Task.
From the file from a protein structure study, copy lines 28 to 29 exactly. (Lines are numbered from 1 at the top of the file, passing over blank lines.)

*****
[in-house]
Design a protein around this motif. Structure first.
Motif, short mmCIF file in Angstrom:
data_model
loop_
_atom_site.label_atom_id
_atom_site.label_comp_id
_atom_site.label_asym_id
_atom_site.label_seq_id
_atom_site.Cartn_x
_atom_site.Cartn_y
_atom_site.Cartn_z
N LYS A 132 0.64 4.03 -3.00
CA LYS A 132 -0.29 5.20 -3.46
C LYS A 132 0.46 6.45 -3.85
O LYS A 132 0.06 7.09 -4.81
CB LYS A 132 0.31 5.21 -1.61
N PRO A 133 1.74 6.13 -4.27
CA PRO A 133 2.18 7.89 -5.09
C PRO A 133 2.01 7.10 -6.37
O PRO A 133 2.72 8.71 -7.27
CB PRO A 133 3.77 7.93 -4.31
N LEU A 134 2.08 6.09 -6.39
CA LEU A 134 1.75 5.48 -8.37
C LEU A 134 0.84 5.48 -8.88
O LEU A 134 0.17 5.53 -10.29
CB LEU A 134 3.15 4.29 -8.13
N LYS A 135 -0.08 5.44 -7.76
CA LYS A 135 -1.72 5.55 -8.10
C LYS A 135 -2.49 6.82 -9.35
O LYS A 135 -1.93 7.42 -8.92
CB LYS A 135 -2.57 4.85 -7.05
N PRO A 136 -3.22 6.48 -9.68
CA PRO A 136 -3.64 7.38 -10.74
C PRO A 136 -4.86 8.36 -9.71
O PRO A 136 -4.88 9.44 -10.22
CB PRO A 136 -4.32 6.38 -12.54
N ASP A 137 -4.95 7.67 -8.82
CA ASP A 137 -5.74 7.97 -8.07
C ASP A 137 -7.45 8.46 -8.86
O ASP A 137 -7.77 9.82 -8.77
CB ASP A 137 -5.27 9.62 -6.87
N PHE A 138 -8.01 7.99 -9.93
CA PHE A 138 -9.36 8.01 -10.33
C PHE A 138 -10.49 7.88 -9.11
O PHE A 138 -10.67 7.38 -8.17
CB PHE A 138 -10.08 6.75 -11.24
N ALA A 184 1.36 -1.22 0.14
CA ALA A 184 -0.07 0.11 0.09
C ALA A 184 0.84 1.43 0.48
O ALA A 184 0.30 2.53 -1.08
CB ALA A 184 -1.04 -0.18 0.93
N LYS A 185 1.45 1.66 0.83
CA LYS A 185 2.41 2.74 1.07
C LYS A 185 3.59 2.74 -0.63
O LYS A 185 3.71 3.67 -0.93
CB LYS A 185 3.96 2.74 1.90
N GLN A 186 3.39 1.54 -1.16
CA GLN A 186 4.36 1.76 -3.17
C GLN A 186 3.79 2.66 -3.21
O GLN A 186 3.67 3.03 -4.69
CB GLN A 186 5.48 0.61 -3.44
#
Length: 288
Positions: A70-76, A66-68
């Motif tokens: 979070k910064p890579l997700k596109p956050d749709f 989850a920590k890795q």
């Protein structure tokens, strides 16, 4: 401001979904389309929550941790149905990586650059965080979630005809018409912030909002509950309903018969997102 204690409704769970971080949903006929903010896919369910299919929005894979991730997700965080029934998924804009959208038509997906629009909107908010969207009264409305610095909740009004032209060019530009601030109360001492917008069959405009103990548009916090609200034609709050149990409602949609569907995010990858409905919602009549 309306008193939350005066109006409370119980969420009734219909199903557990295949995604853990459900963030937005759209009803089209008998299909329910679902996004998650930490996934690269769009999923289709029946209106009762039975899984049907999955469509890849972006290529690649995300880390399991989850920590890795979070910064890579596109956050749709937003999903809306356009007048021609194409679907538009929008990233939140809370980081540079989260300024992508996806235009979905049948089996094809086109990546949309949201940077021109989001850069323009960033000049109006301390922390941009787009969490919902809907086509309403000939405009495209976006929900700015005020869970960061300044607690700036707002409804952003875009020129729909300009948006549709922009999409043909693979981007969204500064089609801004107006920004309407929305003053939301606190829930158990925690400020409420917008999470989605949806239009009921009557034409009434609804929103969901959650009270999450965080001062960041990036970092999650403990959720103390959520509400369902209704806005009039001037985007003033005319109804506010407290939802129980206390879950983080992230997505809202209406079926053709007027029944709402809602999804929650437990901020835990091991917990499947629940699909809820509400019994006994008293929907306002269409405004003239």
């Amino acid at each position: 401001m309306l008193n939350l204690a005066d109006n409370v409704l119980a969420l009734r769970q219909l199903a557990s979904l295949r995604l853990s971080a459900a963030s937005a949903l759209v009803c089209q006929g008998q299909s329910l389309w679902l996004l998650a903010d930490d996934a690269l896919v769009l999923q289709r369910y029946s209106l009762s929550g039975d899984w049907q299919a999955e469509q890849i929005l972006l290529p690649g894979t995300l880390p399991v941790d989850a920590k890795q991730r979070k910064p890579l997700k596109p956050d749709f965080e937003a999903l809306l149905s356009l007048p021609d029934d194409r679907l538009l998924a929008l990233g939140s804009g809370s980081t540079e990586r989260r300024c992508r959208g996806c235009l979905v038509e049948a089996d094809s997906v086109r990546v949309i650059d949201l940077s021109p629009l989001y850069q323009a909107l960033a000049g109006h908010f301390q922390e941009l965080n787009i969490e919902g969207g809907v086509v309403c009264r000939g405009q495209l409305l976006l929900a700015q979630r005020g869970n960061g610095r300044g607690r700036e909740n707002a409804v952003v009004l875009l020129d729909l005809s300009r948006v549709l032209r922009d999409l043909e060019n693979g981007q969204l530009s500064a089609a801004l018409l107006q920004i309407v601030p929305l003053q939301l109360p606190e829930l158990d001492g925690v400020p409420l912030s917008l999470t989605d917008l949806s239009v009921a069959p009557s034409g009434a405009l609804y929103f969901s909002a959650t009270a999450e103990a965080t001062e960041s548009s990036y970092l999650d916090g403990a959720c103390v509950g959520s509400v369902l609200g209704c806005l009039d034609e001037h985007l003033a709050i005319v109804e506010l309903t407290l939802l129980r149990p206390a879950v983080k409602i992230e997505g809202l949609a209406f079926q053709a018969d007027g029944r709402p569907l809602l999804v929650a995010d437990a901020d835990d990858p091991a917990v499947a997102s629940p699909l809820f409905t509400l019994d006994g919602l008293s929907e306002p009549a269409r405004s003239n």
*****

N LYS A 135 -0.08 5.44 -7.76
CA LYS A 135 -1.72 5.55 -8.10